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Title: Dynamic neural networks for parallel stewart platforms
Authors: Mohammed, Aquil Mirza
Degree: Ph.D.
Issue Date: 2019
Abstract: Redundancy resolution is a critical problem in the control of parallel Stewart platform. The redundancy endows us with extra design degree to improve system performance. In this thesis, the kinematic control problem of Stewart platforms is formulated to a constrained quadratic programming. The KKT conditions of the problem is obtained by considering the problem in its dual space, and then a dynamic neural network is designed to solve the optimization problem recurrently. Theoretical analysis reveals the global convergence of the proposed neural network to the optimal solution in terms of the defned criteria. Simulation results verifes the effectiveness in the tracking control of the Stewart platform for dynamic motions. Redundancy resolution of parallel manipulators is widely studied and have brought many challenges in the control of robotic manipulators. The dual neural network, which is categorized under the recurrent neural networks inherits parallel processing capabilities, are widely investigated for the control of serial manipulators in past decades and has been extended to the control of parallel Stewart platforms in our previous works. However, conventional dual neural network solutions for redundancy resolution requires prior knowledge of the robot, which may not be accessible accurately in real time applications. In this thesis, we establish a model-free dual neural network to control the end-effector of a Stewart platform for the tracking of a desired spacial trajectory, at the same time as learning the unknown time-varying parameters. The proposed model is purely data driven. It does not rely on the system parameters as apriori and provides a new solution for stabilization of the self motion of Stewart platforms. Theoretical analysis and results show that we can achieve a globally convergent neural model in this thesis. It is also shown to be optimal under the model free criterion. In this thesis, we carried out numerical simulations which highlight and illustrate relateable performance capability in terms of model-free optimization. Simulation results provided, verify the tracking control of the end effector while controlling the dynamic motion of the Stewart platform.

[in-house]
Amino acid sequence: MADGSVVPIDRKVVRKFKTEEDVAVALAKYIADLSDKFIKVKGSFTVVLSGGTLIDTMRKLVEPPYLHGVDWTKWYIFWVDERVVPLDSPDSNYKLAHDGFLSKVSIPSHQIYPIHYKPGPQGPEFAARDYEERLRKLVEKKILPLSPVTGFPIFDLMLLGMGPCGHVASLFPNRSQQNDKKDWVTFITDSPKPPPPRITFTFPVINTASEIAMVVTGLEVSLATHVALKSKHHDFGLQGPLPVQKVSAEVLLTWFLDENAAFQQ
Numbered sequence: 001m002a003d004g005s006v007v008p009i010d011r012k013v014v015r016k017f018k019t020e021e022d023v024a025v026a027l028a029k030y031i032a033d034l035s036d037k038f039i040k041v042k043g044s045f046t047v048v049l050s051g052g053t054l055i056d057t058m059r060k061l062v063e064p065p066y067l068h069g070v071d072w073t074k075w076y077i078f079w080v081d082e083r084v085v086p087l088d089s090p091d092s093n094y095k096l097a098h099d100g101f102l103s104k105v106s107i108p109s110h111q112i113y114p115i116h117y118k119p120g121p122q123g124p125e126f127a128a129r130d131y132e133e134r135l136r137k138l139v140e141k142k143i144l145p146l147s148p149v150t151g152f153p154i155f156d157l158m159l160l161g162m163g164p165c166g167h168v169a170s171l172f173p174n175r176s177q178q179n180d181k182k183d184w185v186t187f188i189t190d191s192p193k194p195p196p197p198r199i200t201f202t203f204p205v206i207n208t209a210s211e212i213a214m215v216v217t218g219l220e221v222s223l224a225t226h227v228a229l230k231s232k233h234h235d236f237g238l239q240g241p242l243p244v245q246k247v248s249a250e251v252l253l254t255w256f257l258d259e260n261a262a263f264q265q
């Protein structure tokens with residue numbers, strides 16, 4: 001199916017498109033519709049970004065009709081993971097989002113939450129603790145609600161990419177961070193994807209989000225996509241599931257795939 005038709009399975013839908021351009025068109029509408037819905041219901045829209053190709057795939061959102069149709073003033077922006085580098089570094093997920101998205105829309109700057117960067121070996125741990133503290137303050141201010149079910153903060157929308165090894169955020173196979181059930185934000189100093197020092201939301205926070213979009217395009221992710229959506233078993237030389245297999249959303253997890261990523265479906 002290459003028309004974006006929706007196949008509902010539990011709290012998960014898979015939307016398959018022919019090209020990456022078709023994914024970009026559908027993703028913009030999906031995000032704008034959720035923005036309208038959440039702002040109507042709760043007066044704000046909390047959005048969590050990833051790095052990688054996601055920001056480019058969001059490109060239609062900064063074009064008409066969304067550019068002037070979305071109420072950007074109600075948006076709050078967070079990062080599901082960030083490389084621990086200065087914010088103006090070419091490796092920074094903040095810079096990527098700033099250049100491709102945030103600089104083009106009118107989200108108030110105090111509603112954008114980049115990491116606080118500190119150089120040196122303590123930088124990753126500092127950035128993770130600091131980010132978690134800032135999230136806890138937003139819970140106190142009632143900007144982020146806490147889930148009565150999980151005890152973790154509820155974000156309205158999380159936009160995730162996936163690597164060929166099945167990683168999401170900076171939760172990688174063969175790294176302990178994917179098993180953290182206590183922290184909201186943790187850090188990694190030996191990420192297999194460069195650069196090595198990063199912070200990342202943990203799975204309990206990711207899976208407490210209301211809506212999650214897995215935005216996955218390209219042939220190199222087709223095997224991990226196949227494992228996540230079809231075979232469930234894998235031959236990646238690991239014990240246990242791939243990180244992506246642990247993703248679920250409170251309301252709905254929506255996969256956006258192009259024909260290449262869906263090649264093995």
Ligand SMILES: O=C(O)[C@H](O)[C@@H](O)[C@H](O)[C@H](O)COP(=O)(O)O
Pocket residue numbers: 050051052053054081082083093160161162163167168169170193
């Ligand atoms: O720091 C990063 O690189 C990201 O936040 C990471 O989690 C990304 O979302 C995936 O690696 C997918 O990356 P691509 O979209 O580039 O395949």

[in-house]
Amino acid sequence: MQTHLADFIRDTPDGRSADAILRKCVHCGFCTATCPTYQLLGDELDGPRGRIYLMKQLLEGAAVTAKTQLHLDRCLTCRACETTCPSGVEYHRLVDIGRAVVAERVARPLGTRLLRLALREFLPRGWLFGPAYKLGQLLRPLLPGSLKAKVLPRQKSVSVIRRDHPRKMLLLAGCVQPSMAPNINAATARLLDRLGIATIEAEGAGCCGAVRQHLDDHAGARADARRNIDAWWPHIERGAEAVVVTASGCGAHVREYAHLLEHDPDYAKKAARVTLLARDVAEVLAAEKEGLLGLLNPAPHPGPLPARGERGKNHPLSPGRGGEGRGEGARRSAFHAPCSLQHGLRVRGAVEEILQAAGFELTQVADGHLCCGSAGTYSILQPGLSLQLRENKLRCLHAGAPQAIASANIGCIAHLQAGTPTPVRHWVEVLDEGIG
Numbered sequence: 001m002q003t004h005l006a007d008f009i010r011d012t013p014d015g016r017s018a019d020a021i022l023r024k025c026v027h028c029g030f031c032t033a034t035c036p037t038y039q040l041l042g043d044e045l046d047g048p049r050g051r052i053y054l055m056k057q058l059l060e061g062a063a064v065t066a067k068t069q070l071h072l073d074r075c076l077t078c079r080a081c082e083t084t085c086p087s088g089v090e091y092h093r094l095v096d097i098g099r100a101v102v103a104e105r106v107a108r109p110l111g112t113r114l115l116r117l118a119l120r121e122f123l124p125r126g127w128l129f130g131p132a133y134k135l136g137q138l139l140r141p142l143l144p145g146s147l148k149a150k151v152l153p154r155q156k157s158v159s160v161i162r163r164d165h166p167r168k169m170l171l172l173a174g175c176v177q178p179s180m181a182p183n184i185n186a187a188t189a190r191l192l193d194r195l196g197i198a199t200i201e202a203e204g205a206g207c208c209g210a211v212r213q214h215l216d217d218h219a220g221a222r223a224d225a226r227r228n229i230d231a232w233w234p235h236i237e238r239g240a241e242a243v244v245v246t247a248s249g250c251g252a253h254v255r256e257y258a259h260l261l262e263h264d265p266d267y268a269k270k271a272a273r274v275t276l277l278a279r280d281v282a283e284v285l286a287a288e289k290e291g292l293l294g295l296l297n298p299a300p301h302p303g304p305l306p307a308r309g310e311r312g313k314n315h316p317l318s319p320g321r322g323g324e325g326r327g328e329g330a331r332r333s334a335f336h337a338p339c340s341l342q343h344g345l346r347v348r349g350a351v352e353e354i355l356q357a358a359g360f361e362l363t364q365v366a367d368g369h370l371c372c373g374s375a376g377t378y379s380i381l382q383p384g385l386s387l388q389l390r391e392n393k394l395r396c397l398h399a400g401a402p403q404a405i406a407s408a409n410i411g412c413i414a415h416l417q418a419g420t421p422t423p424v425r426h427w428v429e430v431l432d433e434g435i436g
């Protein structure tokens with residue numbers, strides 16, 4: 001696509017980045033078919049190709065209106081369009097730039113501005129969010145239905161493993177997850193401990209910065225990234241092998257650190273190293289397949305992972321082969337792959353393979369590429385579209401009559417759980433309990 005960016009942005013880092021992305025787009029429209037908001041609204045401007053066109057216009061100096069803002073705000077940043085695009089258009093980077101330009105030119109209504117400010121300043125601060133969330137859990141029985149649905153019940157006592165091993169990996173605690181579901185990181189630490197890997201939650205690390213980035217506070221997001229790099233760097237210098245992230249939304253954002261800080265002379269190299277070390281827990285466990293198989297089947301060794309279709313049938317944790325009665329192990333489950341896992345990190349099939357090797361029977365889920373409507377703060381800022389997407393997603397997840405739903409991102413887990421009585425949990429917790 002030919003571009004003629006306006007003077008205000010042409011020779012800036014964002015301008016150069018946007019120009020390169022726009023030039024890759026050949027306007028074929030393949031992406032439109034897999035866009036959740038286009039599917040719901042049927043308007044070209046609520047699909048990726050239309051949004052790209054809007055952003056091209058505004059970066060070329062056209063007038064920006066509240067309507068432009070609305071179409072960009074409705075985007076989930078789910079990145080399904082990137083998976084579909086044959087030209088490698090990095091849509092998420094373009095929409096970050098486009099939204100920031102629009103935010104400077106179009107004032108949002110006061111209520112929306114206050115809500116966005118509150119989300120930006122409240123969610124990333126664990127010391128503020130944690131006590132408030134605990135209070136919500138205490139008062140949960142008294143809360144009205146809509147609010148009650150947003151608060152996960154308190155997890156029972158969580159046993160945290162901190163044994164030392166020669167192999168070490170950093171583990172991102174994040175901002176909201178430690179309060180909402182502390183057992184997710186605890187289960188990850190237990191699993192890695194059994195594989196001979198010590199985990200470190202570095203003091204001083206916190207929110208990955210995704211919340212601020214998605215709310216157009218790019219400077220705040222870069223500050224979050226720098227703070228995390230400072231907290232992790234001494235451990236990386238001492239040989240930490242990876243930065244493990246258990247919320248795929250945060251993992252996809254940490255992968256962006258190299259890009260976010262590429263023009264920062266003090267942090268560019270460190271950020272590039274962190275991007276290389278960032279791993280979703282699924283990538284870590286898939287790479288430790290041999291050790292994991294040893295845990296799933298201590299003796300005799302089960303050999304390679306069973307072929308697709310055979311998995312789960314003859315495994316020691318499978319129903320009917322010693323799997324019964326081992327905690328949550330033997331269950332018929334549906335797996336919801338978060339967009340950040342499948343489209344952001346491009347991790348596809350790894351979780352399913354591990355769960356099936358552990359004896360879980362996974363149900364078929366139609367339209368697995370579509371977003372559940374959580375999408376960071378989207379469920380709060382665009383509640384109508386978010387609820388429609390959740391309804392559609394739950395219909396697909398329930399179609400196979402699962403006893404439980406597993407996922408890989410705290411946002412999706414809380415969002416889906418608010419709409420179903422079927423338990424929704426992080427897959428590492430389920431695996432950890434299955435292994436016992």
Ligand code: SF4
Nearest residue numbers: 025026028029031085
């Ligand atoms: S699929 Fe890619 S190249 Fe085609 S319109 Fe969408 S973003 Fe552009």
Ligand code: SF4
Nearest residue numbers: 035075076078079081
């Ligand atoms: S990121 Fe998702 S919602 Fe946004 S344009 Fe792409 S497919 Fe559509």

Subjects: Hong Kong Polytechnic University -- Dissertations
Robots -- Kinematics
Parallel kinematic machines
Robots -- Control systems
Pages: xiii, 102 pages : color illustrations
Appears in Collections:Thesis

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